The 10 most popular governors from across the United States are all members of the Republican Party, according to a newly released survey.
On Wednesday, Morning Consult released its quarterly rankings of the overall approval rating of the nation's 50 governors. The survey, which asked registered voters in every jurisdiction to evaluate the job performance of their state's chief executive from April through June of this year, found that for the sixth quarter in a row Republicans dominated the top rankings.
GOP popularity transcended geographic and ideological boundaries with the governors scoring impressive numbers not only in conservative states throughout the deep South and the Plains but liberal states found on the coasts and the West. In particular, Republican governors from states Hillary Clinton carried handily in 2016 ranked in the top 10.
Massachusetts Gov. Charlie Baker (R.), who has consistently topped the list as the nation's most popular governor, remained in first place this quarter. The governor garnered an approval rating of 69 percent amongst Bay State residents, only 2 points down from his first quarter showing. Baker is heavily favored to secure re-election this year, especially as his race has failed to draw top contenders and national Democrats have been wary to invest.
The Massachusetts Republican is not the only governor on the ballot this year likely to be bolstered by the poll's findings.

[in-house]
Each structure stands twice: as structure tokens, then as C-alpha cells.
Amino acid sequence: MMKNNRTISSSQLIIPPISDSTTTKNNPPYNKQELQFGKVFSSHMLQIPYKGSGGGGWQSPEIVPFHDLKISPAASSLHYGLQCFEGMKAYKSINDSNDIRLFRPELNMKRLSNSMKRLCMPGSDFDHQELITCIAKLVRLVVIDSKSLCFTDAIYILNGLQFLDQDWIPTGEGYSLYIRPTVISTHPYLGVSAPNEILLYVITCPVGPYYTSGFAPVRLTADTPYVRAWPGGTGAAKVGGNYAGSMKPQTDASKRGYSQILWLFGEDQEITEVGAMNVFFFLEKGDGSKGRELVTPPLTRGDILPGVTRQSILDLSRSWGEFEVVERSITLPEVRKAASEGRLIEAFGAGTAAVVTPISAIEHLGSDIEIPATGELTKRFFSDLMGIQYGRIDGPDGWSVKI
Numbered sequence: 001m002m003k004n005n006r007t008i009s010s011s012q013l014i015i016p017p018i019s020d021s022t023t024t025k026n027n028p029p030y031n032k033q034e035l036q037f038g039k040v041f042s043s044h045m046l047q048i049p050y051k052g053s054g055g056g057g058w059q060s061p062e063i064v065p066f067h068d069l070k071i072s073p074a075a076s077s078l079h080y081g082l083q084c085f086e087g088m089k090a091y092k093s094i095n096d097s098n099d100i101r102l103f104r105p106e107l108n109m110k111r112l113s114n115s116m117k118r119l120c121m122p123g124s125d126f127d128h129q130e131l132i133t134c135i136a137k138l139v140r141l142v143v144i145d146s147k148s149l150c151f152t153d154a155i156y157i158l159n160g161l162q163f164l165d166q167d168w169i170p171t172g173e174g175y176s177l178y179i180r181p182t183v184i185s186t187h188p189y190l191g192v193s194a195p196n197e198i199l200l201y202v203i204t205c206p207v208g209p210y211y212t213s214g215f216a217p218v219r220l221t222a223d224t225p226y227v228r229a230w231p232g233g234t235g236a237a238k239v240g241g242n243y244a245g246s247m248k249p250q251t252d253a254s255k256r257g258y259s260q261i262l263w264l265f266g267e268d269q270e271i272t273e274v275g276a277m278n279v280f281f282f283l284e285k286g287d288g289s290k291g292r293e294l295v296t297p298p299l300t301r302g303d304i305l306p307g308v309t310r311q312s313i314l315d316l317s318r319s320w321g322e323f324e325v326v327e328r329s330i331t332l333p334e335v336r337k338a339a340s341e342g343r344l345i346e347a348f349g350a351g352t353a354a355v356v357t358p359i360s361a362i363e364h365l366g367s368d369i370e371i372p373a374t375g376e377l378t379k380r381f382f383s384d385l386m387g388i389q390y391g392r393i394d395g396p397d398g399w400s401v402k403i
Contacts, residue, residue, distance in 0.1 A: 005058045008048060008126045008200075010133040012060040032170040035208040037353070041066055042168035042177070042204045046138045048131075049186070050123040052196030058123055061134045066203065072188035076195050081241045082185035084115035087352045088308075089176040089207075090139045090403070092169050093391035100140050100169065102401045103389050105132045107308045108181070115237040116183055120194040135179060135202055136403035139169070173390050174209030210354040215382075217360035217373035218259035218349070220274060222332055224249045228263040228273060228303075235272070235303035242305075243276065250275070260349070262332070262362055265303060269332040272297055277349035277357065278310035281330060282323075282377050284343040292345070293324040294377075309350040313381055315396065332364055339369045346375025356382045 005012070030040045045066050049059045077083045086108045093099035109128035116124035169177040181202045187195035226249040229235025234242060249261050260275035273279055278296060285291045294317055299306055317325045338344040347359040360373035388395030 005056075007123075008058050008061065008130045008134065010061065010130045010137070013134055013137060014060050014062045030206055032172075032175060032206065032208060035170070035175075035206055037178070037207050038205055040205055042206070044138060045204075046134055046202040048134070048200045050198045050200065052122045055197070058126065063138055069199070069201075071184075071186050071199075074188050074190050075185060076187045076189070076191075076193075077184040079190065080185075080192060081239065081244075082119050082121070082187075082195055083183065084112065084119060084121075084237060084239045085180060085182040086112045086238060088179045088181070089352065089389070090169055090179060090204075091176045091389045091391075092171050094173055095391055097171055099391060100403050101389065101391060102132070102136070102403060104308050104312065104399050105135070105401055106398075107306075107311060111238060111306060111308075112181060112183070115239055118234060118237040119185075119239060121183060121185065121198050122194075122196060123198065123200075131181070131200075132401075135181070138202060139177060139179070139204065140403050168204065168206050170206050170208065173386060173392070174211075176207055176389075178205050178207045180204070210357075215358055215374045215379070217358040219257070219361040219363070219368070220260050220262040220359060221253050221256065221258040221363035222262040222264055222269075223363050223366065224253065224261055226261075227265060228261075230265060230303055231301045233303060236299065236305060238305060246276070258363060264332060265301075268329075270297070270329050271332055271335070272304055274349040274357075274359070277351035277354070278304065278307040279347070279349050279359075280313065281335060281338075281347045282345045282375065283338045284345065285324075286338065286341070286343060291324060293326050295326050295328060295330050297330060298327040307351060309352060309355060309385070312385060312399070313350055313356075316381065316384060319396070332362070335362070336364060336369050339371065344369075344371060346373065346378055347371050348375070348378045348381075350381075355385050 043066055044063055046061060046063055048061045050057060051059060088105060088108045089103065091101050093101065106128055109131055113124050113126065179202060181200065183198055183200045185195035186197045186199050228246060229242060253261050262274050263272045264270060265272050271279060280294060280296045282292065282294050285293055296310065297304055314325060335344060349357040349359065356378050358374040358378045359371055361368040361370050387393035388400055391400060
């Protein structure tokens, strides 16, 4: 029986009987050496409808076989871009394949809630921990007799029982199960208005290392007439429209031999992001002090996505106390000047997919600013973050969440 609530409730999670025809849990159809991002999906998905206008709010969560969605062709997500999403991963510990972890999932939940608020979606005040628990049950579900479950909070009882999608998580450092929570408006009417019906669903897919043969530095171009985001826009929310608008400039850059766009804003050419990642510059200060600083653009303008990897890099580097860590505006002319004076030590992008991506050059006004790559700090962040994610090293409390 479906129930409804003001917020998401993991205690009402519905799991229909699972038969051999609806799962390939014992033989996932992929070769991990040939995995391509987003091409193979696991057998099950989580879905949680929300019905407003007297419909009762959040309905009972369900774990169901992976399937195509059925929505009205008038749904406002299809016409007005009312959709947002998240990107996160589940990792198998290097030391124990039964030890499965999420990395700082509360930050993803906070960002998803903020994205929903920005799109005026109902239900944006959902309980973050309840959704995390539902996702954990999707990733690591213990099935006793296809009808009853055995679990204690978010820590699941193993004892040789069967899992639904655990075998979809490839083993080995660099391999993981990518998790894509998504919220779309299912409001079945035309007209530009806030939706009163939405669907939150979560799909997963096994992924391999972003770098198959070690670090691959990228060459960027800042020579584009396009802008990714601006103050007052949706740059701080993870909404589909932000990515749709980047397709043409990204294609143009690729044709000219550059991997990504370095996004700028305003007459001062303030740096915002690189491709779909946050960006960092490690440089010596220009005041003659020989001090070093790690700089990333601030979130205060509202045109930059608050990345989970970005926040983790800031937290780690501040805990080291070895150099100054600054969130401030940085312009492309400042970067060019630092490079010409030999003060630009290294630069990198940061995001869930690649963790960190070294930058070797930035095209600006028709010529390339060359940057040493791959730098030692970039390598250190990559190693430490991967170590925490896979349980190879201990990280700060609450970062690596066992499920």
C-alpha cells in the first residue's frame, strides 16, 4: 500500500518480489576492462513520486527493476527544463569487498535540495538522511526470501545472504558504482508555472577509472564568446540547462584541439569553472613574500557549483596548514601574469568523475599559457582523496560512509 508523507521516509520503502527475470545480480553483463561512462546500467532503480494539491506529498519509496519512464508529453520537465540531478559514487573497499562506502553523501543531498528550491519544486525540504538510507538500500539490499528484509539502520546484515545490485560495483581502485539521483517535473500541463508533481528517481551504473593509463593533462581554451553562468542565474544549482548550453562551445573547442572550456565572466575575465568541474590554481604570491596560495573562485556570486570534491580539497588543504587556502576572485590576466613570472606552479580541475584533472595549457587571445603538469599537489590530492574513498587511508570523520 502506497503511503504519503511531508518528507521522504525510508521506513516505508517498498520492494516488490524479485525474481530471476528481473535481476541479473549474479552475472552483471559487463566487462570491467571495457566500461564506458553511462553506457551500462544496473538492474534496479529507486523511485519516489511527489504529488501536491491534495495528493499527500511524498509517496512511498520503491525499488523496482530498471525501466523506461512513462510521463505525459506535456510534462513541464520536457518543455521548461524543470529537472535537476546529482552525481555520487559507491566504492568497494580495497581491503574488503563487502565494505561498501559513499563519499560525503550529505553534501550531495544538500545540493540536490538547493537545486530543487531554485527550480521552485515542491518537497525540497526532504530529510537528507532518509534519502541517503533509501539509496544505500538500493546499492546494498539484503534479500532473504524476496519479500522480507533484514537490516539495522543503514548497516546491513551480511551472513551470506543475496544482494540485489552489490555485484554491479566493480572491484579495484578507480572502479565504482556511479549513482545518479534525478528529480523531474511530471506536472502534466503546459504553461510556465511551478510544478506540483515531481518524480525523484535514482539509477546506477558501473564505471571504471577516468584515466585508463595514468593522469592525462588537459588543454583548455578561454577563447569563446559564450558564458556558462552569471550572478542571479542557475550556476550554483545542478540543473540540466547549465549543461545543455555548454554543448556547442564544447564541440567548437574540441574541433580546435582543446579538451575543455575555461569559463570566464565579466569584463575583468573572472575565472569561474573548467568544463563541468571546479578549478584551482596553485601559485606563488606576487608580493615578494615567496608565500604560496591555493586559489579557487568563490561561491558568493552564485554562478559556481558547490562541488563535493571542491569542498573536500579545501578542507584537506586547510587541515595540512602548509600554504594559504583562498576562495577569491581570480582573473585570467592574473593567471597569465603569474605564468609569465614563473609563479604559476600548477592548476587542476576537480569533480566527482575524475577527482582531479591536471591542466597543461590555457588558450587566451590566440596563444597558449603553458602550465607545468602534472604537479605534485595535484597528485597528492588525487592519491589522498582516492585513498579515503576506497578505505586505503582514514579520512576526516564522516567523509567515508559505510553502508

Republican governors like Larry Hogan (Md.), Chris Sununu (N.H.), Kay Ivey (Ala.), Asa Hutchinson (Ark.), and Greg Abbot (Texas), each of whom is vying for re-election, ranked high on the list.
The survey, however, did not pose good news for every incumbent.
Vermont's first-term incumbent Gov. Phil Scott (R.), who faces voters at the ballot this year, witnessed the biggest quarterly shift in approval since Morning Consult commenced its survey in May 2016. The governor's statewide approval rating plummeted 18 points, dropping from 65 to 47 percent. Compounding Scott's problems is the fact his disapproval rating, which was at 21 percent in the first quarter, doubled to 42 percent.
The drop in approval was large enough to displace Scott from his spot as the nation's fourth most popular governor in the first quarter to 29th overall in the second.
Scott's sinking approval ratings are at least partially the result of the governor's faltering support from Republicans and independents after he signed a sweeping gun control measure in April. The legislation bans the sale of firearms to individuals under the age of 21, prohibits the sale and possession of bump-fire stocks, limits magazine capacity for handguns and rifles, and prevents private firearm sales. Scott signed the measure despite having pledged not to do so during the 2016 campaign.
Republicans also accounted for a little over half of the most unpopular governors on the list, with Oklahoma Gov. Mary Fallin overtaking Connecticut's Dan Malloy (D.) as the most unpopular governor in the nation. Fallin, who is term-limited and cannot seek re-election this year, had a disapproval rating of 74 percent and an approval rating of only 19 percent.
Outgoing Gov. John Hickenlooper of Colorado was the highest-ranking Democrat on the list, coming in at the 16th spot with an approval rating of 53 percent.